The American Law Review Market: Background and Publication Strategies
There are more than 650 student-edited law reviews published in the United States covering every conceivable subject of law and policy and engaging every possible theoretical and methodological commitment. The spectrum runs from the most esteemed general-subject journals at the country’s best law schools (imagine the Harvard Law Review or Yale Law Journal) to journals published by less well known but respected regional law schools or journals covering the most exotic fields of law (imagine the Kentucky Journal of Equine, Agriculture, & Natural Resources Law). The role of students in editing and publishing law journals is a distinctly American tradition. But it doesn’t seem to have undermined the resonance of the journals and the research they publish. Most rankings, including Google Scholar’s global metrics, are dominated by American law reviews. A student editorship during law school is a highly-prized credential and it features in the career trajectory of America’s most successful jurists and scholars. The American law review market also is distinct for the typical style of the articles published and the centralized, national process used by the journal’s to select content for publication.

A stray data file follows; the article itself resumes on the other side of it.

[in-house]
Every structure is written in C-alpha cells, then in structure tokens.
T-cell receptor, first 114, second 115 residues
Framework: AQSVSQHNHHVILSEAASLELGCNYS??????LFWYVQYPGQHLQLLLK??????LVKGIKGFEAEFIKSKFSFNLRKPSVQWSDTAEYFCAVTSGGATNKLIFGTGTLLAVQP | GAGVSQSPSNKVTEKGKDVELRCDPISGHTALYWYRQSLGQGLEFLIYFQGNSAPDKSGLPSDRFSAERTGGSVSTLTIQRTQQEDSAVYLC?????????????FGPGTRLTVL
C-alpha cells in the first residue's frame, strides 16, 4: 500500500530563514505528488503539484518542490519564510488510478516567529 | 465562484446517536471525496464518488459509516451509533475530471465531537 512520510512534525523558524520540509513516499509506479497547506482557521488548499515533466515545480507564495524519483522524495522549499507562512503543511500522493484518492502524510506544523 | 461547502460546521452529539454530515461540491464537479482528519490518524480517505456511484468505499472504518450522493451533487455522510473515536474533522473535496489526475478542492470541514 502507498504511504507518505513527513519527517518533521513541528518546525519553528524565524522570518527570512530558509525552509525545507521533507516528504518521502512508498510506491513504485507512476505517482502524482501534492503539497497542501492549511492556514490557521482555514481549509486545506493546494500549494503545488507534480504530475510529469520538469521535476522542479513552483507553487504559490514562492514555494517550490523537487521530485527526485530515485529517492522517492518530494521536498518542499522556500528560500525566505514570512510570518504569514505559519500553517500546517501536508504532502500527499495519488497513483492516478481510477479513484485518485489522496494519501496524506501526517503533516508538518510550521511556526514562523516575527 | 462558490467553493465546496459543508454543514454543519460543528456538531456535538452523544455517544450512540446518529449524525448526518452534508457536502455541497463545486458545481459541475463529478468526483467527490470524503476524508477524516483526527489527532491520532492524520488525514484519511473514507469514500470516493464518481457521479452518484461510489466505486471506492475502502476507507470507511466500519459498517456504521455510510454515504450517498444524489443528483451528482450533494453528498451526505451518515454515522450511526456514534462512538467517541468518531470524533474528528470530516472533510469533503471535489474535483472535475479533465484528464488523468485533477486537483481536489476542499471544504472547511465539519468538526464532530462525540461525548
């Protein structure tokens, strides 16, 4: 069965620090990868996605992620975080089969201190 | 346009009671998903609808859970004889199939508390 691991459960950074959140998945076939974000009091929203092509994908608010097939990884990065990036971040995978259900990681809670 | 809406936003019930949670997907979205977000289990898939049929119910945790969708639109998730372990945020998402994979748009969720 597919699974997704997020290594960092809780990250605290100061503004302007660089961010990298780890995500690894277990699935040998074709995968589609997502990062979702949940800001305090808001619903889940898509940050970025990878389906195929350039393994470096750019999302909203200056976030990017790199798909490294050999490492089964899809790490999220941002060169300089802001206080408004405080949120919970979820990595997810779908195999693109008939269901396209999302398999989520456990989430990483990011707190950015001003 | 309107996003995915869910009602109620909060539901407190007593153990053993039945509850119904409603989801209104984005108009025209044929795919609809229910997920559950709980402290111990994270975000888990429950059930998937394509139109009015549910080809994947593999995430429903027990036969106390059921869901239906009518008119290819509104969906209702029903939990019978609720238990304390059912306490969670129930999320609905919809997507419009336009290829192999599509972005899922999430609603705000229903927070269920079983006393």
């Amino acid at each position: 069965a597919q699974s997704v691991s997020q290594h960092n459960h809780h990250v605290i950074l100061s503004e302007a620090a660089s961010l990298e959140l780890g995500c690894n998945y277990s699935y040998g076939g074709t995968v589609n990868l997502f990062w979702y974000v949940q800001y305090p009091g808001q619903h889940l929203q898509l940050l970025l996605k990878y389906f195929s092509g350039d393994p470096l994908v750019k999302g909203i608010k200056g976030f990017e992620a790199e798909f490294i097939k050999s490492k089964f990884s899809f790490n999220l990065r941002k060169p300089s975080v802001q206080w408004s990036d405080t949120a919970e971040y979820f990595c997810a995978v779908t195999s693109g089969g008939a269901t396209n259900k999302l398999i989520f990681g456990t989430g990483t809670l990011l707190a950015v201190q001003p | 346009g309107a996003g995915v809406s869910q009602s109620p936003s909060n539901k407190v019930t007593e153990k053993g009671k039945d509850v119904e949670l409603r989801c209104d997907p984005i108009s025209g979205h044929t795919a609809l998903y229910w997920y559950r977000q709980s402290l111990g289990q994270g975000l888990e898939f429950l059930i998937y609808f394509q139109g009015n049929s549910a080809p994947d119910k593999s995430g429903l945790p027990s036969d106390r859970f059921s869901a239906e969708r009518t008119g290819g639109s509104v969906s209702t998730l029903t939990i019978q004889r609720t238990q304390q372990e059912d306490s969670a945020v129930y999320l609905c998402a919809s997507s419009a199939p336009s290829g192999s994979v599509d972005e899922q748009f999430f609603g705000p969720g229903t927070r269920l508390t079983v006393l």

This session will introduce Max Planck Law researchers to the American law review market, including its background and strategies for publishing research. The programme features a presentation from Allen Rostron, the William R. Jacques Constitutional Law Scholar and Professor of Law.
University of Missouri-Kansas City School of Law. Prof. Rostron is the co-author of a periodic survey of American law reviews’ submission requirements. That survey is perennially one of the most down-loaded articles at SSRN. Prof. Rostron is one of the most insightful observers of the American law review market. His presentation will be followed by a Q&A session and conversation.